PhysTEC Teacher Recruiting Materials

published by the American Physical Society

The PhysTEC collaboration includes diverse institutions each with their own methods of teacher recruitment. This page collects recruiting materials from the University of Arizona, the University of North Carolina, and the University of Minnesota-Twin Cities. The site also provides templates allowing the creation of individualized materials.

PhysTEC Publicity Brochure

written by the Physics Teacher Education Coalition

The Physics Teacher Education Coalition brochure advertises PhysTEC programs to the physics community and the public.

PhysTEC Publicity Poster

written by the Physics Teacher Education Coalition

This poster is used at exhibitions to advertise the PhysTEC program.

Recruitment Strategies

published by the Physics Teacher Education Coalition

The need to recruit and prepare more physics teachers could not be clearer. The National Academies' report Rising Above the Gathering Storm states that the most consistent and powerful predictor of student achievement in science and mathematics is a teacher who is fully certified and has at least a bachelor's degree in the content area; however, two thirds of today's high school physics teachers did not major in physics, and over 90% of middle school physical science students are taught by teachers without a physical science major or certification. The American Association for Employment in Education consistently lists high school physics as one of the fields with the most severe teacher shortages. We will continue to see these kinds of statistics until physics departments around the country become deeply involved in teacher preparation.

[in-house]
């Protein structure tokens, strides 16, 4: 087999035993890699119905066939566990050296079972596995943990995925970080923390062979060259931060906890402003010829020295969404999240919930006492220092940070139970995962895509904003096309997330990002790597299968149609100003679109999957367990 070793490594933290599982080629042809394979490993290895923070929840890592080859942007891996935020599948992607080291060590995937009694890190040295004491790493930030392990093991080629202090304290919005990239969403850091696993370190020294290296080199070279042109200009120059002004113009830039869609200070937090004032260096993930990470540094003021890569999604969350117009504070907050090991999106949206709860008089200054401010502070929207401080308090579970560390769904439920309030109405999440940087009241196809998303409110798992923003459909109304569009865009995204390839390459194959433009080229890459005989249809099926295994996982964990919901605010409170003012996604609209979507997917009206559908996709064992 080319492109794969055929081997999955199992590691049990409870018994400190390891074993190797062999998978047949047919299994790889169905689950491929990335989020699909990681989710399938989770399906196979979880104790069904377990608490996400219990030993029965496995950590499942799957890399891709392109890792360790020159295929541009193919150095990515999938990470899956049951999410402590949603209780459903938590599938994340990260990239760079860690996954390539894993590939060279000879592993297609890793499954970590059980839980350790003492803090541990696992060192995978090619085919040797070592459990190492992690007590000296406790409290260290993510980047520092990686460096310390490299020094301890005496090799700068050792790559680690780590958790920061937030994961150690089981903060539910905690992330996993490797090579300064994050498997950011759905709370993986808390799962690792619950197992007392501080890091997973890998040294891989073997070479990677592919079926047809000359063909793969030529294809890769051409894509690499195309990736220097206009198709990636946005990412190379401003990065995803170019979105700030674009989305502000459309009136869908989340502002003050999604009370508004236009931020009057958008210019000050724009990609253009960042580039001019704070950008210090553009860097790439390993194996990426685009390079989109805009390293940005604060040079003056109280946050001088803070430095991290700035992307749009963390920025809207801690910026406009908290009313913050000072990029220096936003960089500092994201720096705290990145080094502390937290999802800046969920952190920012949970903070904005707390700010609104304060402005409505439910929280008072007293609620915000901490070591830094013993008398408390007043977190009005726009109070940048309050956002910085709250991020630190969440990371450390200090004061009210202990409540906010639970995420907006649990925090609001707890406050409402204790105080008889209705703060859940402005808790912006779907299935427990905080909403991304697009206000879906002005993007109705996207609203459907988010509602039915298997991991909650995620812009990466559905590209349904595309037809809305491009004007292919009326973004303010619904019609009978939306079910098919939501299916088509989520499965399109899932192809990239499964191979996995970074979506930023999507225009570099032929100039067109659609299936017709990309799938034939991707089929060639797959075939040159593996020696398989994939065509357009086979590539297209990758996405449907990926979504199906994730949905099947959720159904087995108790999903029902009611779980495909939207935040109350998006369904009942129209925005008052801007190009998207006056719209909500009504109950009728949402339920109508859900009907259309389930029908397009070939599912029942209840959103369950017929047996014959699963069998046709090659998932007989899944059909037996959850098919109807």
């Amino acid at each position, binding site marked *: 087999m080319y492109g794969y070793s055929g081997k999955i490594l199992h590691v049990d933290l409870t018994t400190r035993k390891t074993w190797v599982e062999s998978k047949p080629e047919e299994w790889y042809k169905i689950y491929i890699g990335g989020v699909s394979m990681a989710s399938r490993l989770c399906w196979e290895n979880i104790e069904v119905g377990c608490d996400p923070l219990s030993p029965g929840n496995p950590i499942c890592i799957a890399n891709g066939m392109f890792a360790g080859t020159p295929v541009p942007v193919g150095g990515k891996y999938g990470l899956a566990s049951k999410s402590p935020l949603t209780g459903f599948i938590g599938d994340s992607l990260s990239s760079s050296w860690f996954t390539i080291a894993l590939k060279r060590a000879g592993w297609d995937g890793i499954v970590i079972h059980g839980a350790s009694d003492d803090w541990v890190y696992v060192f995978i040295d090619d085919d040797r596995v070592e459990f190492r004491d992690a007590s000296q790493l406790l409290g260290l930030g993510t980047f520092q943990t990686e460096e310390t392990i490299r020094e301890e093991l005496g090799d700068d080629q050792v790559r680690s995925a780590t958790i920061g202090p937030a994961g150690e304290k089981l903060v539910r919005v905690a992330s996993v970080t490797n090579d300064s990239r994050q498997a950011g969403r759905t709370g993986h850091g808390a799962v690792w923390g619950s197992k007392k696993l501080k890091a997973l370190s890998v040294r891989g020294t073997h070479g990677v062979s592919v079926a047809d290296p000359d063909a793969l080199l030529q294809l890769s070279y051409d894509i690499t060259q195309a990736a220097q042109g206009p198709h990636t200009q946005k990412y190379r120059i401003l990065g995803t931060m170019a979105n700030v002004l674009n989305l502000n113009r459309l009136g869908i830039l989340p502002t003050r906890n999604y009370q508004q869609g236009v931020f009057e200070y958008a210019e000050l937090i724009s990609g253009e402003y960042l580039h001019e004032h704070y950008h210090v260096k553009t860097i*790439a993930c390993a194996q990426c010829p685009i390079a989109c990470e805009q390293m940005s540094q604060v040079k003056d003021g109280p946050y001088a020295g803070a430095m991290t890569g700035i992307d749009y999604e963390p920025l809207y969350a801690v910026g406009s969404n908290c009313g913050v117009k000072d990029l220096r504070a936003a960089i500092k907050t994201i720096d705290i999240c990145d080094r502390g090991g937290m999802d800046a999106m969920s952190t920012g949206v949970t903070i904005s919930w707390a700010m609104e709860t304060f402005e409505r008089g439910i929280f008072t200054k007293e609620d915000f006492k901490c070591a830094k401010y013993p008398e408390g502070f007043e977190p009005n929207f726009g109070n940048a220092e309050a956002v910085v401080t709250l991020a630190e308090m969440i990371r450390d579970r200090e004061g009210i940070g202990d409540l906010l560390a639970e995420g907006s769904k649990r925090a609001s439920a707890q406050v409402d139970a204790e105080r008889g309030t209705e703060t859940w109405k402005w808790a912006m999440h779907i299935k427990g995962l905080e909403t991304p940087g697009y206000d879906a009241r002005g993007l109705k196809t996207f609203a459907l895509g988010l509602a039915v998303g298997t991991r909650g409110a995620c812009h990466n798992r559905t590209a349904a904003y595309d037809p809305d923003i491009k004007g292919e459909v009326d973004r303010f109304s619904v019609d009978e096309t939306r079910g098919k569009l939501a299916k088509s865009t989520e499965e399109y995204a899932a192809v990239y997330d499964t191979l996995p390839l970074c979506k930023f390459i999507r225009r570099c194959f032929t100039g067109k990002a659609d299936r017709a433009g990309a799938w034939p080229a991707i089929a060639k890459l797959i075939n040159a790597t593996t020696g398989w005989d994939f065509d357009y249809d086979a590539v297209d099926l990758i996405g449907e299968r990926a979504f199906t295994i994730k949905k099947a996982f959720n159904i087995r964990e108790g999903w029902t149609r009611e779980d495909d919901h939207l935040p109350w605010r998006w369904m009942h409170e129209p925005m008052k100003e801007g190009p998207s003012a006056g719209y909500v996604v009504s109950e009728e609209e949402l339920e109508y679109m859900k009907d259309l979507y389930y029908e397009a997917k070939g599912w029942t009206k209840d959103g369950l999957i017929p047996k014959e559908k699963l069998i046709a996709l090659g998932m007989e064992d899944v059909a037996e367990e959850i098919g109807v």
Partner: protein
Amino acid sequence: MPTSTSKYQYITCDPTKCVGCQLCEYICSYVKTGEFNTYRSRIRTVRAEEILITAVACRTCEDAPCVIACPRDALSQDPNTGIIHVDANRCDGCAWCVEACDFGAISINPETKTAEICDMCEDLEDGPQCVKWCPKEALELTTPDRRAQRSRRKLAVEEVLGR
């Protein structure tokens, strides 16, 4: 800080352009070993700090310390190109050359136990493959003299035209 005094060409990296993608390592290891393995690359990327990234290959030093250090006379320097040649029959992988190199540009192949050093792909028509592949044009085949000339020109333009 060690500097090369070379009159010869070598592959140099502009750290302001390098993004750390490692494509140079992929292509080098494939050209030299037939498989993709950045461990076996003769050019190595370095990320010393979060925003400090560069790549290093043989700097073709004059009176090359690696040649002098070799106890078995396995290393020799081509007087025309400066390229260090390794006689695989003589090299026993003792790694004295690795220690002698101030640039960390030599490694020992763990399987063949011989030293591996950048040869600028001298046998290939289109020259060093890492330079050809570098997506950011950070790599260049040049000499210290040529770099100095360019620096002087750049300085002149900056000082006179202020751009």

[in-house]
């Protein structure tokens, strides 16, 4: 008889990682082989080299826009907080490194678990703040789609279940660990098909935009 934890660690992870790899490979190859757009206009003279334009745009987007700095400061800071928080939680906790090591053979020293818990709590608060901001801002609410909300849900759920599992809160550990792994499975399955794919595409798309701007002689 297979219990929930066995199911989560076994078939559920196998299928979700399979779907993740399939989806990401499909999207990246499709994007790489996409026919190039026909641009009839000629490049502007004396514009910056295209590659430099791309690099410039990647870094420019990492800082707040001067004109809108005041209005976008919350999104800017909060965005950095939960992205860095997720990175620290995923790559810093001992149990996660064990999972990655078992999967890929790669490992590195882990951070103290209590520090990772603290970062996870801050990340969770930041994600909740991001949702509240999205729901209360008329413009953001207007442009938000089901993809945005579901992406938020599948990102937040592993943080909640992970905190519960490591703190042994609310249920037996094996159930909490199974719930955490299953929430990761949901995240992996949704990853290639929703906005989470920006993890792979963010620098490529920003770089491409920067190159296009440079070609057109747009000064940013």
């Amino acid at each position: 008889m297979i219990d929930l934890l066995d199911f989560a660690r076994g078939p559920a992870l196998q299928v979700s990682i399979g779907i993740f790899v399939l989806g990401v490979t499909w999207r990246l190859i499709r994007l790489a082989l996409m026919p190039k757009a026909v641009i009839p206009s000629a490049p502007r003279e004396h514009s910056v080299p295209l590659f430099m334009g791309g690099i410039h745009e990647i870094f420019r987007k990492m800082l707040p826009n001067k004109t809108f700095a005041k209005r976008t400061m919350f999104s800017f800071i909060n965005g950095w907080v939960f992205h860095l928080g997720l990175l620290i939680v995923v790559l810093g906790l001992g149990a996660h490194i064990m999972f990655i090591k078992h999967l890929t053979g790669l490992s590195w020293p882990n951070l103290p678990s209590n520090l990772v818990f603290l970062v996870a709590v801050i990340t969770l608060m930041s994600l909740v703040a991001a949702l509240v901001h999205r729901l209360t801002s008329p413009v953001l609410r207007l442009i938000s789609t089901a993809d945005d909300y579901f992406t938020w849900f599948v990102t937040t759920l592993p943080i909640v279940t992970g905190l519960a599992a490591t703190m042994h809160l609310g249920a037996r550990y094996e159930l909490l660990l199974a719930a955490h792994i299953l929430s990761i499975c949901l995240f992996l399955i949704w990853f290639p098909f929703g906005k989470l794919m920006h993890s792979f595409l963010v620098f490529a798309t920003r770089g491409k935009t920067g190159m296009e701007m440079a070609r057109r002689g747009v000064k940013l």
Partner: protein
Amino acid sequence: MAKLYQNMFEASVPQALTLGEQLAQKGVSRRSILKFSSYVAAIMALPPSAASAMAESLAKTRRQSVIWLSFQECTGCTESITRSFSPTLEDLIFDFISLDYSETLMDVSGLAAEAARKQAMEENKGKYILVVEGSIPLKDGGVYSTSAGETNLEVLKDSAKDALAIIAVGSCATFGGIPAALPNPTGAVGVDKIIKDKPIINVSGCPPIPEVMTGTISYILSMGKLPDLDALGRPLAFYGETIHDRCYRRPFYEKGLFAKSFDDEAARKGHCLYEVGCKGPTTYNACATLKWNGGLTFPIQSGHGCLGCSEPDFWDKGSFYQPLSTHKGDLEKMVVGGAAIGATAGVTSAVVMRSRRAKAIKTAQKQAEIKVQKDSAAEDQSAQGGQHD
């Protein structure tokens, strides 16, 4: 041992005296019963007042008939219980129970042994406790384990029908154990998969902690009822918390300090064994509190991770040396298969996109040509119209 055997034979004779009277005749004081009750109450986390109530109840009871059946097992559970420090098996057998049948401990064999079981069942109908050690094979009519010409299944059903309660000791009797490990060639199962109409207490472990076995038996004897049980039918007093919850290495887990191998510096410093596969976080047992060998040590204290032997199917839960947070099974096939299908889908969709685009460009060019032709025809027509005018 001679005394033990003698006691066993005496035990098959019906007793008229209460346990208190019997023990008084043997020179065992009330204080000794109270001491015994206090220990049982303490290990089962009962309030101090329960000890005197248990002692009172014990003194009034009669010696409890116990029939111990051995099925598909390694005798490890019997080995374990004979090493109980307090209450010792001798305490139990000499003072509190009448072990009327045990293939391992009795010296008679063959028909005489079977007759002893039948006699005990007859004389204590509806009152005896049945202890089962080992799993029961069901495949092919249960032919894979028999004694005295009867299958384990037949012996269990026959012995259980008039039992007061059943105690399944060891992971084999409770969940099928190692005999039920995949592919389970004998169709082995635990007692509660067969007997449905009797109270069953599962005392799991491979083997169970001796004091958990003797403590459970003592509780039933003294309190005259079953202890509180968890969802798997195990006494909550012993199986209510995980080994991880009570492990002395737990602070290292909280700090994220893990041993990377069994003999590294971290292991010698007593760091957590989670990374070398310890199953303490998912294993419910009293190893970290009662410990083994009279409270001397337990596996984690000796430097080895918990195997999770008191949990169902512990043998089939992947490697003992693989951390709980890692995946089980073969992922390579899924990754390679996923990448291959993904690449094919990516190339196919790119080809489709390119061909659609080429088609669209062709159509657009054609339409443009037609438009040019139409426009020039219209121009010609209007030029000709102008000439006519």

Learning Assistants: Strategies

published by the Physics Teacher Education Coalition

Learning Assistants are talented undergraduates who work with faculty members to make large-enrollment courses more collaborative, student-centered, and interactive. Learning Assistant programs provide potential future teachers with strongly supported and low-stress early teaching experiences that can encourage them to pursue teaching certification. In many cases, these potential teachers can be unsuspecting students who do not know they have an interest in teaching until they try it. Thus, a Learning Assistant program broadens the pool of students from which you can recruit future physics teachers. In fact, research has shown that Learning Assistant programs improve undergraduate performance in physics courses, facilitate multi-disciplinary collaboration among faculty, involve more faculty in teacher preparation efforts, and recruit talented science majors to teaching careers. Learning Assistants also enhance their content knowledge through the process of teaching course material.

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